It was now lunch time and they were all sitting under the double green fly of the dining tent pretending that nothing had happened.
They had a sound basis of union. Margot was too beautiful for Macomber to divorce her and Macomber had too much money for Margot ever to leave him.
"That's better," Wilson said. "Please is much better. Now I'll stop."
The Short Happy Life of Francis Macomber
Did she or didn't she?
It might be considered Ernest Hemingway's greatest story, if not for the greater popularity of "The Snows of Kilimanjaro", with which it is often paired. Both "The Short Happy Life of Francis Macomber" and "Kilimanjaro" take place on African safari, and both were likely inspired by a 1932 hunt by Hemingway that also yielded the non-fiction book, Green Hills of Africa. Yet both deal more with human relations than the hunt, and both feature Hemingway's patented cynicism.
But the tone in "The Short Happy Life of Francis Macomber" is jauntier. It's actually nearly fifty percent longer than "Kilimanjaro" but it's more narrative style makes it seem a quicker read.
The story is about a triangle of a rich American who acts cowardly when facing his first lion, his beautiful wife who mocks him, and the hunter guide she takes up with. Much of the story is told from the perspective of the professional hunter who is perplexed by the behaviour of his wealthy charges.
Their story is deceptively developed. At first it appears Macomber has been the hero of a recent lion kill, but through the sparse banter between the three principals it becomes evident he had in fact embarrassed himself. Only a dozen pages in do we get the full story, as the hunt is recounted in a flashback.
But several twists follow in present time, as Macomber and wife Margot trade barbs, she apparently cuckolds him, and he redeems himself—at least in the eyes of the man she sleeps with—on another hunt. And a final confrontation with a wounded animal ends unexpectedly.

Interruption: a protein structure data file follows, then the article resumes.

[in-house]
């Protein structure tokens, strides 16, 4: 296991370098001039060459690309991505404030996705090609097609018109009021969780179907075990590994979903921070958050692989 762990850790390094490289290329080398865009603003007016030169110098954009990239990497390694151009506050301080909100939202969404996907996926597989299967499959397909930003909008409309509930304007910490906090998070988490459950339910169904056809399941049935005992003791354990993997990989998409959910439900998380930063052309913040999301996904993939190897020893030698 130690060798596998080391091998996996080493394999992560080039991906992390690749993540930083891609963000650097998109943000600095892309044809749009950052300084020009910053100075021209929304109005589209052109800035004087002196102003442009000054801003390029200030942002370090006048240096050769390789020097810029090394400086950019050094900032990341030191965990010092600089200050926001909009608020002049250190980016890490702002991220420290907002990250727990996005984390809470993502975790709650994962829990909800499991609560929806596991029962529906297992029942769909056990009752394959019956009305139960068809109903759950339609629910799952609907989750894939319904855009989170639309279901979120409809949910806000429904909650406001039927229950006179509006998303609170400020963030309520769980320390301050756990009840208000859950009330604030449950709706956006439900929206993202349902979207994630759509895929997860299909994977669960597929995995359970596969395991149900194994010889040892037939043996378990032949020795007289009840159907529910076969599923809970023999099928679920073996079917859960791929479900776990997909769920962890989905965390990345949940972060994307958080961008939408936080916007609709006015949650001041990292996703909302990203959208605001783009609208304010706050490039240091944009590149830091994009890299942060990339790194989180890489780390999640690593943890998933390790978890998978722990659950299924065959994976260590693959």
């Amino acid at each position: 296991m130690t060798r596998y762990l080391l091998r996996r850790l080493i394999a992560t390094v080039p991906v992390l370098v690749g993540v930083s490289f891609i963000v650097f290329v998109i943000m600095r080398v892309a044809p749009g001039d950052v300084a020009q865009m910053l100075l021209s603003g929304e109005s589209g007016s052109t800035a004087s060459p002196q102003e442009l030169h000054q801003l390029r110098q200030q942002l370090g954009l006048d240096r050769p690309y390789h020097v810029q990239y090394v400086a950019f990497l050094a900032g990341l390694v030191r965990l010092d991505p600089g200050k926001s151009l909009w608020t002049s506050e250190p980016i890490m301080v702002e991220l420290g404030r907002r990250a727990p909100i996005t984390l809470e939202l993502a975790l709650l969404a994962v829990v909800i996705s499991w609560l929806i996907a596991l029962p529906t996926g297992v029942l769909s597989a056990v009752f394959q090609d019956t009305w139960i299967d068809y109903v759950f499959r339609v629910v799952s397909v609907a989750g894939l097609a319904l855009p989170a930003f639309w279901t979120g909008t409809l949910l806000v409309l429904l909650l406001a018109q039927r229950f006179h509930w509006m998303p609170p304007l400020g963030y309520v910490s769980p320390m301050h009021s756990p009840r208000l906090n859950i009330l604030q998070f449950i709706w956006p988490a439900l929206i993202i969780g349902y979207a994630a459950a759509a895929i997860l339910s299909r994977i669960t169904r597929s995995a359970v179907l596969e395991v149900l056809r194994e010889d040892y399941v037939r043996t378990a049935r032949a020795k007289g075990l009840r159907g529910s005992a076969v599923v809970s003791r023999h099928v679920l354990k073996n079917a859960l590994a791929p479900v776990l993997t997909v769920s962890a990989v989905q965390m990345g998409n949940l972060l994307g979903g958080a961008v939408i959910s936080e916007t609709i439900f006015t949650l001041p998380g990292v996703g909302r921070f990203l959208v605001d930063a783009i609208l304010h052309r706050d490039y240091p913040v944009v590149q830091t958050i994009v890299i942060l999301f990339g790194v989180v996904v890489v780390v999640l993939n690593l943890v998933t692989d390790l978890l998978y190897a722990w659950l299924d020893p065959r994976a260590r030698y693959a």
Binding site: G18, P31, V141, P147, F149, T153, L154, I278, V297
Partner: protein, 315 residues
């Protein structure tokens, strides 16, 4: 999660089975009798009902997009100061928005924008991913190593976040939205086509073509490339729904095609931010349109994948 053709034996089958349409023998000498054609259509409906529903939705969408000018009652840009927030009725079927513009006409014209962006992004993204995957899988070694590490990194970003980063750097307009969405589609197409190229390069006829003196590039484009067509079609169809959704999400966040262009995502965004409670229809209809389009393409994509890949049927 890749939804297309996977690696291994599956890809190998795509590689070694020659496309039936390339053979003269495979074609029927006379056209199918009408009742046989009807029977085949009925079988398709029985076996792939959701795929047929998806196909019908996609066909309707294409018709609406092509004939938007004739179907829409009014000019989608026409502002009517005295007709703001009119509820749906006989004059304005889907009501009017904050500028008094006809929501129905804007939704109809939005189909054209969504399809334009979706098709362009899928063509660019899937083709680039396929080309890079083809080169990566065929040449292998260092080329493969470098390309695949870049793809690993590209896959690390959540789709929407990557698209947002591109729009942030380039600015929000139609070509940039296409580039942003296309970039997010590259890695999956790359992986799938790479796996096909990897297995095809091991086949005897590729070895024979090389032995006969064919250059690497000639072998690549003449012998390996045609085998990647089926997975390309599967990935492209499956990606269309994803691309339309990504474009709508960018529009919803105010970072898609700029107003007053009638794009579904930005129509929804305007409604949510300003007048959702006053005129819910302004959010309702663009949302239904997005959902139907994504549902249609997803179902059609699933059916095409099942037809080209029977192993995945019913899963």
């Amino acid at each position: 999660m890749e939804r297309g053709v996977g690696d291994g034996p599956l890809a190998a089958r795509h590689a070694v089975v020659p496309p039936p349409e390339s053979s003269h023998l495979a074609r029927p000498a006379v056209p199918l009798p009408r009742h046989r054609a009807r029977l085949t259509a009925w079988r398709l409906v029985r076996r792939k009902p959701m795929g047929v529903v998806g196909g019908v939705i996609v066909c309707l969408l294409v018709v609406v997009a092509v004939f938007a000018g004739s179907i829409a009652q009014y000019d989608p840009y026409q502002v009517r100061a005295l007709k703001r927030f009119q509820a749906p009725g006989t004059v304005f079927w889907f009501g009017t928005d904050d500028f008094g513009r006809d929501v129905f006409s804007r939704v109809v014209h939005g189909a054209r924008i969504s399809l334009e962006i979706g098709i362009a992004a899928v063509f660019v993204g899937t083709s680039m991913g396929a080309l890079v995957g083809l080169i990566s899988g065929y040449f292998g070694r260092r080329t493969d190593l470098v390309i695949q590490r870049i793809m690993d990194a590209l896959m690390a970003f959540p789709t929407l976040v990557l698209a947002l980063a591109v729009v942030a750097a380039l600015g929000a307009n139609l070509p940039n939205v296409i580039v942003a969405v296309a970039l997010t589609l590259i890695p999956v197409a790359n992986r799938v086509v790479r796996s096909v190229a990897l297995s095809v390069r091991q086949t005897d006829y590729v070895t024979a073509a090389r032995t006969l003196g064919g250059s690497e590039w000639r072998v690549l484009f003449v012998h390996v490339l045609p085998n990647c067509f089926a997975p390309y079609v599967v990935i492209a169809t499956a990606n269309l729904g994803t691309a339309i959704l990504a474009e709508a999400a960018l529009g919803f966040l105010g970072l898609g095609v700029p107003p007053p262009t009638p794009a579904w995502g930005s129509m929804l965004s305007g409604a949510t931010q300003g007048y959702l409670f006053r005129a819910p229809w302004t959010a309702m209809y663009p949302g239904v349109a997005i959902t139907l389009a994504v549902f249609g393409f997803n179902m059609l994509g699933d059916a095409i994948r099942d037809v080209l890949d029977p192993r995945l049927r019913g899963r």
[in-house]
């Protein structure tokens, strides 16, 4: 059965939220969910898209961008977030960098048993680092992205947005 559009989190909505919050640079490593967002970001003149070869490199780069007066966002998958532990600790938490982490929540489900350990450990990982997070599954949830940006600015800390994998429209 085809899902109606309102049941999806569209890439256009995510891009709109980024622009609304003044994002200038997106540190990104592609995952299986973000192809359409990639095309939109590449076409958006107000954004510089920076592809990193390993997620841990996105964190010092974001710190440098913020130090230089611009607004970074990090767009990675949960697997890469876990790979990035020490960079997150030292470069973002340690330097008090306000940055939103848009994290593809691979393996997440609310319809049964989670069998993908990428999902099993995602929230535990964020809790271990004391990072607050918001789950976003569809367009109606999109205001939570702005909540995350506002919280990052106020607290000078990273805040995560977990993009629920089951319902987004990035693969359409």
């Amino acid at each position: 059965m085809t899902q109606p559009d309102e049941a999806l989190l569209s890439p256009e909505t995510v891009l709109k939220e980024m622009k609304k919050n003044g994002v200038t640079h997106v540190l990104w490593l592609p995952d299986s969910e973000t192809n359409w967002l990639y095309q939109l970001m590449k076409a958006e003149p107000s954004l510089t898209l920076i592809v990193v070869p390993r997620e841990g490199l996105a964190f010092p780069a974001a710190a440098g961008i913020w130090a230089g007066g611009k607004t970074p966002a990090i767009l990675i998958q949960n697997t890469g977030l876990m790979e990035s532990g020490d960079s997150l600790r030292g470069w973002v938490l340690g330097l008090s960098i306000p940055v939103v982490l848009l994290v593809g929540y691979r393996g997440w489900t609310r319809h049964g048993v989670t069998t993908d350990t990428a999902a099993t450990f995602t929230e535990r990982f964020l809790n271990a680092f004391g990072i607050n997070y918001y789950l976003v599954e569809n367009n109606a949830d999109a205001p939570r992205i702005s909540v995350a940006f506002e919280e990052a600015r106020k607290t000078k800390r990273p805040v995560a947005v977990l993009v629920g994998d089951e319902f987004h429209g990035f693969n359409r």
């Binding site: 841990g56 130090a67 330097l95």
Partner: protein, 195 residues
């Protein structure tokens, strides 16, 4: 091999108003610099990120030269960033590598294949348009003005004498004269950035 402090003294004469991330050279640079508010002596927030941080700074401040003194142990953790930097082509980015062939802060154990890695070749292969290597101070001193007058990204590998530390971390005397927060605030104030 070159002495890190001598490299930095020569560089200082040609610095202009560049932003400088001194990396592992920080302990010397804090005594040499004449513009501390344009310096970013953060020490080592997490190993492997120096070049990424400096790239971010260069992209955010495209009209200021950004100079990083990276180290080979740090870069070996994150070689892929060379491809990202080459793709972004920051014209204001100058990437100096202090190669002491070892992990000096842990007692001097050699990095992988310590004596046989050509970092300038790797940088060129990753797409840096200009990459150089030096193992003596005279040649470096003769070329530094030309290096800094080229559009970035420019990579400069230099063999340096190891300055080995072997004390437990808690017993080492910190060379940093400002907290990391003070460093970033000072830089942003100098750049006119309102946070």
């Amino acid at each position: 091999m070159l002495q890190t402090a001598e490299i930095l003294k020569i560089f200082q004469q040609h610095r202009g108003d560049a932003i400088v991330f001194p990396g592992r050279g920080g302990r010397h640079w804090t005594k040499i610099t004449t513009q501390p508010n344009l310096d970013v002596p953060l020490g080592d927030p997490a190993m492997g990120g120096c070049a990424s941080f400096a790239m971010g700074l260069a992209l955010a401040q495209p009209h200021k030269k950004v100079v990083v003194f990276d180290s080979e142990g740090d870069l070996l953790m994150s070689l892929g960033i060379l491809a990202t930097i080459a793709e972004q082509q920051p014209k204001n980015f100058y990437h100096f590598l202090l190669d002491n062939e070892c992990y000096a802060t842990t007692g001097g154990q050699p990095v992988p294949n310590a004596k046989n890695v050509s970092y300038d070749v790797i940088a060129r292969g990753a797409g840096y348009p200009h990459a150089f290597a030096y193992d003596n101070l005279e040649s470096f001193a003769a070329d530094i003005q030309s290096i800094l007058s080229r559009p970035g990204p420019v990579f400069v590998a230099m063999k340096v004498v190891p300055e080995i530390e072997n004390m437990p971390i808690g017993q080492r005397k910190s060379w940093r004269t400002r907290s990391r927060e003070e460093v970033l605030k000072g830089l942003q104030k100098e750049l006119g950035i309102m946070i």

The "happy" in the story's title is not entirely ironic, as Macomber experiences a new excitement when he becomes—at last—a man of action. The professional hunter, who seems a stand-in for the author, sees this as a delayed passage into manhood.
This may seem to be part of the much-criticized Hemingway machismo, equating killing an animal with proving manliness. But that's not the equation Hemingway is putting forward here. Rather, he's expressing the moment a man stands up for himself against the social structures, represented here by the wife, that keep him weak in the face of adversity. (Yes, as in "The Snows of Kilimanjaro", it's women again who are forced to carry the weight of symbolizing the blame for male weakness.)
But neither is the "short" of the title inaccurate. The individual's happiness does not last. How it is ended—purposely or accidentally—is left inconclusive. There's even some debate over the motivation behind the hunter's response at the end.
But it scarcely matters. As in many a Hemingway tale, the ending is both tragic and fully accepted as the way the world works. Which may be called wisdom or cynicism, depending on whether you share that outlook.
"The Short Happy Life of Frances Macomber" was adapted into film as The Macomber Affair in 1947 with Gregory Peck as a hunter again (but before his turn in The Snows of Kilimanjaro) and Robert Preston as the ill-fated Macomber. The film is generally considered one of the most faithful cinematic versions of the author's vision—however you value that.
— Eric McMillan